Ten-Year Action Plan For CALFED Released

On April 20, California officials announced the release of a 10-year action plan to revitalize and refocus the CALFED (California Water Policy Council and Federal Ecosystem Directorate) Bay-Delta Program. The plan was developed following a seven-month independent review of state and federal effort to improve water supply reliability and the ecosystem of the Sacramento-San Joaquin Bay and Delta.

"This plan outlines the new way CALFED will work -- as an integral part of the overall California Water Plan -- to bypass old stumbling blocks and forge ahead to solve crises in the Delta," said Mike Chrisman, who is secretary of the state Resources Agency and who will lead the revitalized CALFED on behalf of the state.

Major areas of change include leadership and governance, program and fiscal management, a funding plan and strategic planning to deliver both short- and long-range solutions to the felta's problems.

Gary Hunt, chairman of both the California Bay-Delta Authority and the Bay-Delta Public Advisory Committee, groups that currently provide CALFED oversight and stakeholder advice, hailed the action plan as opening a new chapter for the program. "The action plan clearly defines who has responsibility and accountability for identifying and implementing programs so sorely needed in the delta," Hunt said.

The delta has increasingly been the focus of attention over the past few years, as important and unique species have become threatened and endangered and science has struggled to determine the cause. The security of commerce and communities in the shadow of delta levees has drawn acute attention post-Hurricane Katrina and as storms and snow-melt cause water levels to put more pressure on the aging structures. Also, conflicting views on how to manage water resources through storage have continued.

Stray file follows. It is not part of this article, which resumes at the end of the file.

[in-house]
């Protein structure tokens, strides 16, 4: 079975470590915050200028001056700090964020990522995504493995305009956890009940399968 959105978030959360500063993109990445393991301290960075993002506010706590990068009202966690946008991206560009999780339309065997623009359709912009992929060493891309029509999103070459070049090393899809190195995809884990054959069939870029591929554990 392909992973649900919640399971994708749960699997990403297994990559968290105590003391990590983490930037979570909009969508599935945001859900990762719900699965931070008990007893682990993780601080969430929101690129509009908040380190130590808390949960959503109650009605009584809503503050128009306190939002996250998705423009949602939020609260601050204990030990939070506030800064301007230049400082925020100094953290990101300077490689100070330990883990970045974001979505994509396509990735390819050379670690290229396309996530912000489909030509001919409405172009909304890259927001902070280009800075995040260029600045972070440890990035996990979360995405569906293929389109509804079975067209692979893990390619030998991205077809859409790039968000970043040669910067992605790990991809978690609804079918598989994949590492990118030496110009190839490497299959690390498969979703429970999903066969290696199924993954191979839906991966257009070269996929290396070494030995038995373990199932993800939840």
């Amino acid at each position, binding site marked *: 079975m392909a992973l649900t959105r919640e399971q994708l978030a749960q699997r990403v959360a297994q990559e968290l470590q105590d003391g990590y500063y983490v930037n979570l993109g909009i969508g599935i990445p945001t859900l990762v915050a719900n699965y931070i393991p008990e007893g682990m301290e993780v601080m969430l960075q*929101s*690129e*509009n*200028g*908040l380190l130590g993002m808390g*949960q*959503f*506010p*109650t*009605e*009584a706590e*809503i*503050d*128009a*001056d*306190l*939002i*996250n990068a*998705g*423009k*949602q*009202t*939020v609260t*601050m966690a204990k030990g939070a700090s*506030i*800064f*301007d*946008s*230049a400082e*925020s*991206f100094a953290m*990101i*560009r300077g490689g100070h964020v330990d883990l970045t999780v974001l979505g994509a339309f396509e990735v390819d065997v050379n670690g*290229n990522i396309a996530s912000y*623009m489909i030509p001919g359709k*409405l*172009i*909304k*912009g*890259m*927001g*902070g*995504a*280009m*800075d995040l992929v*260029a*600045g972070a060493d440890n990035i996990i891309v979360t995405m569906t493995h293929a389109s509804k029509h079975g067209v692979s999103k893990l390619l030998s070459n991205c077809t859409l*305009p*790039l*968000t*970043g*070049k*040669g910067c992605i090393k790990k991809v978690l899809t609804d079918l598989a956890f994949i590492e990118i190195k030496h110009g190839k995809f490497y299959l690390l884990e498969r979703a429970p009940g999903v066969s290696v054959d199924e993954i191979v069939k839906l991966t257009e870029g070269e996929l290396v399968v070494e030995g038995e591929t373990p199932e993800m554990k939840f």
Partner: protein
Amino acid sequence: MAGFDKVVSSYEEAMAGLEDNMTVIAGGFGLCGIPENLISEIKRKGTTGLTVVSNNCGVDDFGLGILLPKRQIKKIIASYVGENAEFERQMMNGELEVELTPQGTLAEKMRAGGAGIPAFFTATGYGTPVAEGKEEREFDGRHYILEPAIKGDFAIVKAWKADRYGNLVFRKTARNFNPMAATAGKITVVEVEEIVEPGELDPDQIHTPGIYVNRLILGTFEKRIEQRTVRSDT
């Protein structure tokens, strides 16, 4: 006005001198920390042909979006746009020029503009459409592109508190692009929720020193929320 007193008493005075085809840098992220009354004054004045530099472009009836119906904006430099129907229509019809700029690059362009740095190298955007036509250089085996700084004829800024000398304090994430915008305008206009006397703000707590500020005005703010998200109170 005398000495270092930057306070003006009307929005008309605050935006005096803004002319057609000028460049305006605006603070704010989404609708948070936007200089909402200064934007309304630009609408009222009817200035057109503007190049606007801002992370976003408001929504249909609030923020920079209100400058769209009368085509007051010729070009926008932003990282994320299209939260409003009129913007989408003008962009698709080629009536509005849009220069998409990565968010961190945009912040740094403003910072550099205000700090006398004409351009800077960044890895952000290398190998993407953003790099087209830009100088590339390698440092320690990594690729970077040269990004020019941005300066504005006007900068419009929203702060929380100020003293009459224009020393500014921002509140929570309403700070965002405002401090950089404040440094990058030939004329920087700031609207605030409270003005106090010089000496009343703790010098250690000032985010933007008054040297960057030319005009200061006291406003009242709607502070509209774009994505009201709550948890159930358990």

Major components of the 10-year action plan include:

  • Dissolution of the California Bay-Delta Authority and creation of an Executive Leadership Council to provide program policy direction and coordination for the program. The council will be established through a state/federal memorandum of understanding and comprised of the directors of state and federal implementing and regulatory agencies, as well as public stakeholder representatives appointed by the governor in consultation with the U.S. Secretary of the Interior.
  • Creation of a public advisory committee to provide the broadest possible opportunity for stakeholder recommendations to the leadership council and be the conduit through which the public interest and input is channeled to program decision makers. This advisory committee will operate under state law and is intended to replace the current federally-chartered Bay-Delta Public Advisory Committee. Members will be appointed by the Governor in consultation with the Secretary of the Interior, whose members will be statutorily empowered to make recommendations to both state and federal agencies.
  • Actions to strengthen and improve multi-agency planning processes, track performance against investment, and improve overall efficiency and effectiveness.
  • Actions to help stabilize delta levees to prevent flooding and damage to the state's water supply and ecosystem and understand causes of the decline of open-water (pelagic) fish species in the delta.
  • Actions to guide end-of-stage 1 decisions about delta water quality, ecosystem restoration, surface storage, and whether the "through-Delta" alternative for conveying water across the delta should continue to be the preferred alternative.

The action plan also calls for a long-term planning effort involving local government agencies and stakeholders to develop a 100-year vision for the delta. This vision would be broader than water conveyance and ecosystem restoration and would focus on all aspects of the delta including transportation, utility corridors, recreation and land use.

In addition, the action plan calls for continued negotiation with delta water exporters and others on a new regulatory framework that could include development of habitat conservation plans and/or natural community conservation plans for the delta and its tributaries.

The CALFED Bay-Delta Program is a collaboration among 25 state and federal agencies seeking to improve water supplies in California and the health of the San Francisco Bay/Sacrament-San Joaquin River Delta.

Additional information on the 10-year action plan is available at http://www.calwater.ca.gov.

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